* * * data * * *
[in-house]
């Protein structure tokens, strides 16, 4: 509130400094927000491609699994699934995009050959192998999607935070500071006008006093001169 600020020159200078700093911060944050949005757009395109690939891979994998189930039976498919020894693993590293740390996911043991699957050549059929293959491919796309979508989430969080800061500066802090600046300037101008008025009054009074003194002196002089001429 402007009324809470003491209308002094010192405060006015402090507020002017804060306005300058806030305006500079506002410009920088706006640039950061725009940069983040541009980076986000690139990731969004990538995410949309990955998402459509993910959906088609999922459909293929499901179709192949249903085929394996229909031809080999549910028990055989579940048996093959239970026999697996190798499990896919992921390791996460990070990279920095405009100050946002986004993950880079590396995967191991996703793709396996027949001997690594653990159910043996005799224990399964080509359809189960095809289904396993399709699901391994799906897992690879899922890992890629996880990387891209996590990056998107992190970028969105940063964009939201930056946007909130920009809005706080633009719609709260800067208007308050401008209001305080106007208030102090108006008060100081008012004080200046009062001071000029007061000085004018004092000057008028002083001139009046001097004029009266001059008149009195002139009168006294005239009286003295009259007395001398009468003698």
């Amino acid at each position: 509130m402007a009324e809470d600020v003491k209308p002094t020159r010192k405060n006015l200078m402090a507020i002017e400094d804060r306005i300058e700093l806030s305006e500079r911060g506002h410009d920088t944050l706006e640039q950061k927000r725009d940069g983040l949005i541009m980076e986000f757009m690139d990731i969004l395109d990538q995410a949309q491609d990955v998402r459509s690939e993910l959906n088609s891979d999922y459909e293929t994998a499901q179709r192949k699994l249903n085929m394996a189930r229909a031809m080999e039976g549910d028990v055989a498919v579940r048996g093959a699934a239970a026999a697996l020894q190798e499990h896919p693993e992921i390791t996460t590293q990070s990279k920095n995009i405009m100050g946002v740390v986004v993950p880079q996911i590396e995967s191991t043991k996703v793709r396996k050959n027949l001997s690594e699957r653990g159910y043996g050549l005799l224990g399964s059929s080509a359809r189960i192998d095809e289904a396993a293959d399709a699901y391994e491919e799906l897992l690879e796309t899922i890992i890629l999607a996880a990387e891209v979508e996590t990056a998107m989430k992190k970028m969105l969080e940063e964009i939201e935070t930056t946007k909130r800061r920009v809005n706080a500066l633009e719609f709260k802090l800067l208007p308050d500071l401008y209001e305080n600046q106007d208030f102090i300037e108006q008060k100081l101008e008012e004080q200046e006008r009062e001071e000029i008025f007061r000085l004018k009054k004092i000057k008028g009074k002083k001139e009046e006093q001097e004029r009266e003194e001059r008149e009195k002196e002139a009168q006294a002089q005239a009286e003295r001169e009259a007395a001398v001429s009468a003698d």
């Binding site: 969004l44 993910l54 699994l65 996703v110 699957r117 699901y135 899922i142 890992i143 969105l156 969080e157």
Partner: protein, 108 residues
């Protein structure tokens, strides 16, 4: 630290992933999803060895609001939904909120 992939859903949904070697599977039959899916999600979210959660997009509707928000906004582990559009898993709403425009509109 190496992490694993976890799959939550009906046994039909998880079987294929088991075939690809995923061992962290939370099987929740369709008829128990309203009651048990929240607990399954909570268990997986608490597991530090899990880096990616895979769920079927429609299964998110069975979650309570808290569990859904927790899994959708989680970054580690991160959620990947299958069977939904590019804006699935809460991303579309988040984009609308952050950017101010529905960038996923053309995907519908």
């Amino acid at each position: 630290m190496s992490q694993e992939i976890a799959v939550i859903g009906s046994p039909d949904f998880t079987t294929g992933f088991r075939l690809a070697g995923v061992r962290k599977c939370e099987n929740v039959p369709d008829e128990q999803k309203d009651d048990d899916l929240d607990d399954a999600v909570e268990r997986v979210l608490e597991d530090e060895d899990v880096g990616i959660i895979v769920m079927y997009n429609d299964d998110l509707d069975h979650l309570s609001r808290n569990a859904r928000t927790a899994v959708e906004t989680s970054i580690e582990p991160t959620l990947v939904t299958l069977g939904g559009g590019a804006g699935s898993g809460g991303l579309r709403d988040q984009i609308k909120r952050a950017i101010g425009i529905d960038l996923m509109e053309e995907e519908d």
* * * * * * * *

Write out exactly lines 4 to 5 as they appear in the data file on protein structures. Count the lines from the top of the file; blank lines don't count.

């Binding site: 969004l44 993910l54 699994l65 996703v110 699957r117 699901y135 899922i142 890992i143 969105l156 969080e157």
Partner: protein, 108 residues